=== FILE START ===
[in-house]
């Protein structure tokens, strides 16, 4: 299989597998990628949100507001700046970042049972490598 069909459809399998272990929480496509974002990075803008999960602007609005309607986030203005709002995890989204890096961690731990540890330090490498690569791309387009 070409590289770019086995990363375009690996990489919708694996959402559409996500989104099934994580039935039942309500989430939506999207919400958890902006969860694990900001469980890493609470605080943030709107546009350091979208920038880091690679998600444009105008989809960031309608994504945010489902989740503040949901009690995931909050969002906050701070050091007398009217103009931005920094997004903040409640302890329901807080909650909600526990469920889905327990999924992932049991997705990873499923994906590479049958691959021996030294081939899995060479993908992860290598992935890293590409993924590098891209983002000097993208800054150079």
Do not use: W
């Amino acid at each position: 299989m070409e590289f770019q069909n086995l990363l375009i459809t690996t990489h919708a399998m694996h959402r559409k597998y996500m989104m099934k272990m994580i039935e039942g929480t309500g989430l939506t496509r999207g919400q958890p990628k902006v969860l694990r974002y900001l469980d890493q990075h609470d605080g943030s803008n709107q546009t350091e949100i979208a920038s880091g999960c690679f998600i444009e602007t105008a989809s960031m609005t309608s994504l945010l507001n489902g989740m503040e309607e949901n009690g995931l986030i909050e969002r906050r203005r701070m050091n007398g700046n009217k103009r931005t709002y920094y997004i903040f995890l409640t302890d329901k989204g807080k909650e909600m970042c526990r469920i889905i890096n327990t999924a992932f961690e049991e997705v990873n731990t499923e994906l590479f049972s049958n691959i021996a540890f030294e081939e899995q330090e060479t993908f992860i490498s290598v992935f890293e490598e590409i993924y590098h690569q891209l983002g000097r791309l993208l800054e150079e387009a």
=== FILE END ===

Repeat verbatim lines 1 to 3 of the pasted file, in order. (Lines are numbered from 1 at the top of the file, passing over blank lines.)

[in-house]
């Protein structure tokens, strides 16, 4: 299989597998990628949100507001700046970042049972490598 069909459809399998272990929480496509974002990075803008999960602007609005309607986030203005709002995890989204890096961690731990540890330090490498690569791309387009 070409590289770019086995990363375009690996990489919708694996959402559409996500989104099934994580039935039942309500989430939506999207919400958890902006969860694990900001469980890493609470605080943030709107546009350091979208920038880091690679998600444009105008989809960031309608994504945010489902989740503040949901009690995931909050969002906050701070050091007398009217103009931005920094997004903040409640302890329901807080909650909600526990469920889905327990999924992932049991997705990873499923994906590479049958691959021996030294081939899995060479993908992860290598992935890293590409993924590098891209983002000097993208800054150079």
Do not use: W